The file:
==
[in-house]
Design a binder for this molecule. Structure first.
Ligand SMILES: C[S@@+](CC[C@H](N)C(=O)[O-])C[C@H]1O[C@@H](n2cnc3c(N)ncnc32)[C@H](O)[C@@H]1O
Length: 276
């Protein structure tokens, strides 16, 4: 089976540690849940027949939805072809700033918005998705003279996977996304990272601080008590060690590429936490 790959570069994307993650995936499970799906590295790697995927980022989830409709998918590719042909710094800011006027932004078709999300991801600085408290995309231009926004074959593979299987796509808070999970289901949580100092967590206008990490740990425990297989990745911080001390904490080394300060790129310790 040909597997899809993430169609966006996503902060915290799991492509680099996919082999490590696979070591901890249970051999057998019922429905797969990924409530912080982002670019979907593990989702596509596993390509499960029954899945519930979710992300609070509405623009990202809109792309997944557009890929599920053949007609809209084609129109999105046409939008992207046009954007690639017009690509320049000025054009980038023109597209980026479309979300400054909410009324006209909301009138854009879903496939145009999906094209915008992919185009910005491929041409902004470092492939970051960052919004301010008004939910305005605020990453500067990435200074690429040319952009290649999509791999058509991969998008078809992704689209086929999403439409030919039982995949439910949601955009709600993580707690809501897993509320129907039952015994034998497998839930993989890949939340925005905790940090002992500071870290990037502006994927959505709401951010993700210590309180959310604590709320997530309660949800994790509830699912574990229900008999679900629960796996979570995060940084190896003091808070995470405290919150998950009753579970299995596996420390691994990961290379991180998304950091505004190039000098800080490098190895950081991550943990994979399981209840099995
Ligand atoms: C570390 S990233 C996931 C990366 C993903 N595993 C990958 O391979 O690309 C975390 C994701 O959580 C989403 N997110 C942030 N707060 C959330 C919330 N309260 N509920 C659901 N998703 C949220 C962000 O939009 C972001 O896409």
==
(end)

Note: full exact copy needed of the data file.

[in-house]
Design a binder for this molecule. Structure first.
Ligand SMILES: C[S@@+](CC[C@H](N)C(=O)[O-])C[C@H]1O[C@@H](n2cnc3c(N)ncnc32)[C@H](O)[C@@H]1O
Length: 276
């Protein structure tokens, strides 16, 4: 089976540690849940027949939805072809700033918005998705003279996977996304990272601080008590060690590429936490 790959570069994307993650995936499970799906590295790697995927980022989830409709998918590719042909710094800011006027932004078709999300991801600085408290995309231009926004074959593979299987796509808070999970289901949580100092967590206008990490740990425990297989990745911080001390904490080394300060790129310790 040909597997899809993430169609966006996503902060915290799991492509680099996919082999490590696979070591901890249970051999057998019922429905797969990924409530912080982002670019979907593990989702596509596993390509499960029954899945519930979710992300609070509405623009990202809109792309997944557009890929599920053949007609809209084609129109999105046409939008992207046009954007690639017009690509320049000025054009980038023109597209980026479309979300400054909410009324006209909301009138854009879903496939145009999906094209915008992919185009910005491929041409902004470092492939970051960052919004301010008004939910305005605020990453500067990435200074690429040319952009290649999509791999058509991969998008078809992704689209086929999403439409030919039982995949439910949601955009709600993580707690809501897993509320129907039952015994034998497998839930993989890949939340925005905790940090002992500071870290990037502006994927959505709401951010993700210590309180959310604590709320997530309660949800994790509830699912574990229900008999679900629960796996979570995060940084190896003091808070995470405290919150998950009753579970299995596996420390691994990961290379991180998304950091505004190039000098800080490098190895950081991550943990994979399981209840099995
Ligand atoms: C570390 S990233 C996931 C990366 C993903 N595993 C990958 O391979 O690309 C975390 C994701 O959580 C989403 N997110 C942030 N707060 C959330 C919330 N309260 N509920 C659901 N998703 C949220 C962000 O939009 C972001 O896409």